Relegation Play-Offs Would be a Shot In the Arm for English Football

Relegation can be the death knell for the careers of players, managers, sometimes for the future of entire clubs. To see this played out in play-off form - knock-out, no second chances, do or die - would be theatrical football of the grandest scale.

The promotion play-offs are a keystone in the Football League, year in, year out. Without them, if the leagues went with automatic promotion and relegation only, 98.5% of the season's fixtures would carry no meaning (percentage is entirely arbitrary).

However, there are certain ways in which this winning formula can be improved even more. There is the saying that if it ain't broke don't fix it, but cast this aside for now, and instead cast your eyes north of the border for inspiration.

Scottish football has come under criticism and ridicule for being unbalanced and uncompetitive, but one thing it has got right has been the introduction of play-offs - in 2005 in the lower leagues, and since last season to and from the Premier League.

What has made the Scottish play-offs so interesting has been the added dynamic of them being relegation play-offs at the same time - the side one place above the automatic drop-zone joins the three below the league champion, in what beats penalties as football's most exciting shoot-out. This makes the Scottish play-offs carry more zest than their English counterparts - the added factor of not only scrapping for the last promotion spot, but what us the greater instinct for many in football. The need to survive.

Relegation can be the death knell for the careers of players, managers, sometimes for the future of entire clubs. To see this played out in play-off form - knock-out, no second chances, do or die - would be theatrical football of the grandest scale.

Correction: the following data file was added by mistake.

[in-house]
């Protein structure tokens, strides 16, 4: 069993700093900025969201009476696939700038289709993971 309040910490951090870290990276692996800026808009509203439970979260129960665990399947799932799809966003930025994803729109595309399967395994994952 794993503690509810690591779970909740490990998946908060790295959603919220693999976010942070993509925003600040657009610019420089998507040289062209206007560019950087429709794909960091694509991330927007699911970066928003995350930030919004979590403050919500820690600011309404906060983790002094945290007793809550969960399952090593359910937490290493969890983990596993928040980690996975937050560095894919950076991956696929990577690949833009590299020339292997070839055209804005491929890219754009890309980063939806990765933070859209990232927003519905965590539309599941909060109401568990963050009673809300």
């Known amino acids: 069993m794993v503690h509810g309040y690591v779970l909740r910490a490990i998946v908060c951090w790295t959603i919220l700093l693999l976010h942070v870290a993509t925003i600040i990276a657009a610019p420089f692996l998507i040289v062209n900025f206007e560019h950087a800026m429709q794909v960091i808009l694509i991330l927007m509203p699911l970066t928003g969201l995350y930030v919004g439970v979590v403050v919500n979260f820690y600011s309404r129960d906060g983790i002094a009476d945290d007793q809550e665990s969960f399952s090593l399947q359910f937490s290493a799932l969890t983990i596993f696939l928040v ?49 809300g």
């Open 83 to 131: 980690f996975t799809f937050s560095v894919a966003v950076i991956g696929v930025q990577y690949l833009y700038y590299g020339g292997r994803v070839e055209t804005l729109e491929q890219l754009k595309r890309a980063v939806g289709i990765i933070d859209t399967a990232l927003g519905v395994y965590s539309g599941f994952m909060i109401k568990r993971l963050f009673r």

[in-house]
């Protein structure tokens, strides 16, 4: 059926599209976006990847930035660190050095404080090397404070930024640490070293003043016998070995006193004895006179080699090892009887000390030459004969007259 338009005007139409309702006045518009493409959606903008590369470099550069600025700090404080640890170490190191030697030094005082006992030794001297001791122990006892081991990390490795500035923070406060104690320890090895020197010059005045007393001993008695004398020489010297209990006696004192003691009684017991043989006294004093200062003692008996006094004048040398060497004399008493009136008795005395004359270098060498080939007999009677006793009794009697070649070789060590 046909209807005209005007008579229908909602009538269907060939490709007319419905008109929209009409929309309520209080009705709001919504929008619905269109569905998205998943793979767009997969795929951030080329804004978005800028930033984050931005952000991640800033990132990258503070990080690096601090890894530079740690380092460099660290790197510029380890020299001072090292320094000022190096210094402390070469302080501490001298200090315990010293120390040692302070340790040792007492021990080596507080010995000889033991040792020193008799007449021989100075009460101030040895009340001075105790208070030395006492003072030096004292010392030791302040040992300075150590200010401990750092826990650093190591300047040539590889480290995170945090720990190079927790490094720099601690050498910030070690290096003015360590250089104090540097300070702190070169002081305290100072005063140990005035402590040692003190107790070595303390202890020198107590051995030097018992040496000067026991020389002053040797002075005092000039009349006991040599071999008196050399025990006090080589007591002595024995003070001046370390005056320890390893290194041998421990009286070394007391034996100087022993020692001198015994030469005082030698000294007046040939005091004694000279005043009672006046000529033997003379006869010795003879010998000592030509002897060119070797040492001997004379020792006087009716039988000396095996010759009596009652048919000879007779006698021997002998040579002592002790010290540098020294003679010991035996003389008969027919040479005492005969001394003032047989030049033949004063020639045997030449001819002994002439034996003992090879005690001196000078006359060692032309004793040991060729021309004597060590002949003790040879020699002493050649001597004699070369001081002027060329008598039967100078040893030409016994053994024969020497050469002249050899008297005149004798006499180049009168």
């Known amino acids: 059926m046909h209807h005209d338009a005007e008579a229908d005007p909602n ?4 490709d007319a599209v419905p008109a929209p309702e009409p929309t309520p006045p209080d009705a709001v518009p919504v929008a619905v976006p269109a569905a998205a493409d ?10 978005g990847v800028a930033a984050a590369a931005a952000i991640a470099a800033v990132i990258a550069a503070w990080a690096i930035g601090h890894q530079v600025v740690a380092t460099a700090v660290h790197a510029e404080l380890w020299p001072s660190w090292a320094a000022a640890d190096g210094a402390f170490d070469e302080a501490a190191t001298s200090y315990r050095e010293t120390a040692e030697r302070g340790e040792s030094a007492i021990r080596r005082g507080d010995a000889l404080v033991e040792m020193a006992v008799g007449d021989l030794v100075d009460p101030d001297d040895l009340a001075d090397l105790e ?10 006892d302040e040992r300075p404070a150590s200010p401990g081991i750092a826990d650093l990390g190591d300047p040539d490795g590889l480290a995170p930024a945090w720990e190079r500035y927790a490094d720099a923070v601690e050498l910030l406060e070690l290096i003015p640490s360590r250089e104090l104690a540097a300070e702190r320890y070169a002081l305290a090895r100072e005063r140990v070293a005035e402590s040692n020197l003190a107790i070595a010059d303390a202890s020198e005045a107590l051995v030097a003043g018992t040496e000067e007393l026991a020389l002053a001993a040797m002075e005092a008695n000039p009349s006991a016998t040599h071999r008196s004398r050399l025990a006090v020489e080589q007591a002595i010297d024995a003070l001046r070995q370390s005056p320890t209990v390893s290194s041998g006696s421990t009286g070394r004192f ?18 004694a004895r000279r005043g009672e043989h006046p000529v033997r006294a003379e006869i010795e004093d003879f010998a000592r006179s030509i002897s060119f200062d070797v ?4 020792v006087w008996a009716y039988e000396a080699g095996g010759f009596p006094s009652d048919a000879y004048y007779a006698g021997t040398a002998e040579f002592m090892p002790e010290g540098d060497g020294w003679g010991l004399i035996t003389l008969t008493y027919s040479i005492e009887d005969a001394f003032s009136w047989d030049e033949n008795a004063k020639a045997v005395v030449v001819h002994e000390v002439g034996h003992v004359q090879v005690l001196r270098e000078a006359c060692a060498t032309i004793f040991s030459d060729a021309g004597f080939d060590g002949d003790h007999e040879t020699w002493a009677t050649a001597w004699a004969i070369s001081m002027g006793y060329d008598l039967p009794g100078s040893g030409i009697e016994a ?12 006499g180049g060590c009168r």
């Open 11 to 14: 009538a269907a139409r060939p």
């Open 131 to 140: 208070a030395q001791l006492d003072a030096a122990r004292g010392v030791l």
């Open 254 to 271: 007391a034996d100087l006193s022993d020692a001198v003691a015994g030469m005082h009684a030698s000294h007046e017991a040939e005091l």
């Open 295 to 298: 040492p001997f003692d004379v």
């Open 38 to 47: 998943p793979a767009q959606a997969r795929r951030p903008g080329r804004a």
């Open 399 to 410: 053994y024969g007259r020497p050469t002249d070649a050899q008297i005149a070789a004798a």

The Scottish argument is most clearly framed by the SPL play-off in 2014, reintroduced for the first time in 17 years. The drama of Hibernian's relegation at the hands of Hamilton, shows how much passion exists when not only promotion, but also survival are on the line. This would add a new dimension to the end of season shoot-out in any country.

In the same season their fellow Edinburgh giant and great rival Hearts went down, it seemed in conceivable that Hibs would join them. Even when they went 13 games without a win to end the season and wind up in 11th and a play-off against Championship runners-up Hamilton Academical, nobody had any doubt that Edinburgh would avoid the fate of being the only capital city in Europe without a football team in the national top tier. Especially when the favourites won 2-0 at New Douglas Park.

But the return leg at Easter Road shows why we need a law change in England. Hamilton took the lead in the 13th minute through Jason Scotland, and played with remarkable fire, while Hibs did something that would make a relegation play-off south of the border doubly interesting - under pressure, they froze, and folded.

A deserved 93rd minute second goal for Accies took it to penalties, and in this shoot-out within a shoot-out, the underdogs carried the day, and Hibernian, having started the season in the Europa League, were relegated for the first time in 16 years.